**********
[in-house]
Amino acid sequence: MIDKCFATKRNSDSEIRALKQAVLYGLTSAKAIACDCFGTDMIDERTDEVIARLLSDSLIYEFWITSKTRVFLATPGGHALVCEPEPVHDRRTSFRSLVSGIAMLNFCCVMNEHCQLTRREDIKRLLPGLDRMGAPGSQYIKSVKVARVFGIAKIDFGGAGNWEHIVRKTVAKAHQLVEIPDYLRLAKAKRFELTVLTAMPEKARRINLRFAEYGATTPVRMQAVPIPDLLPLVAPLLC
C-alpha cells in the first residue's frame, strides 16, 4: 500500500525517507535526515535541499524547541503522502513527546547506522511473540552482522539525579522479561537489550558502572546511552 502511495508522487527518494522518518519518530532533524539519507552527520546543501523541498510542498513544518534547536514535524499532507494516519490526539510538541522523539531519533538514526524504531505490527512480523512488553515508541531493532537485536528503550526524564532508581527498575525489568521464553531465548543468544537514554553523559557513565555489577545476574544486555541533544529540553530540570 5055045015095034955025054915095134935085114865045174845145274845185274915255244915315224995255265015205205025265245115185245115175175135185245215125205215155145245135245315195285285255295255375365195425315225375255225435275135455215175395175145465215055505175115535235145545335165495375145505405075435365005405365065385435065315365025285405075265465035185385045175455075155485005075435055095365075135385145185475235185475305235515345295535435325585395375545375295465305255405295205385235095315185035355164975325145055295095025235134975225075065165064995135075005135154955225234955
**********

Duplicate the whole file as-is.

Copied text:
[in-house]
Amino acid sequence: MIDKCFATKRNSDSEIRALKQAVLYGLTSAKAIACDCFGTDMIDERTDEVIARLLSDSLIYEFWITSKTRVFLATPGGHALVCEPEPVHDRRTSFRSLVSGIAMLNFCCVMNEHCQLTRREDIKRLLPGLDRMGAPGSQYIKSVKVARVFGIAKIDFGGAGNWEHIVRKTVAKAHQLVEIPDYLRLAKAKRFELTVLTAMPEKARRINLRFAEYGATTPVRMQAVPIPDLLPLVAPLLC
C-alpha cells in the first residue's frame, strides 16, 4: 500500500525517507535526515535541499524547541503522502513527546547506522511473540552482522539525579522479561537489550558502572546511552 502511495508522487527518494522518518519518530532533524539519507552527520546543501523541498510542498513544518534547536514535524499532507494516519490526539510538541522523539531519533538514526524504531505490527512480523512488553515508541531493532537485536528503550526524564532508581527498575525489568521464553531465548543468544537514554553523559557513565555489577545476574544486555541533544529540553530540570 5055045015095034955025054915095134935085114865045174845145274845185274915255244915315224995255265015205205025265245115185245115175175135185245215125205215155145245135245315195285285255295255375365195425315225375255225435275135455215175395175145465215055505175115535235145545335165495375145505405075435365005405365065385435065315365025285405075265465035185385045175455075155485005075435055095365075135385145185475235185475305235515345295535435325585395375545375295465305255405295205385235095315185035355164975325145055295095025235134975225075065165064995135075005135154955225234955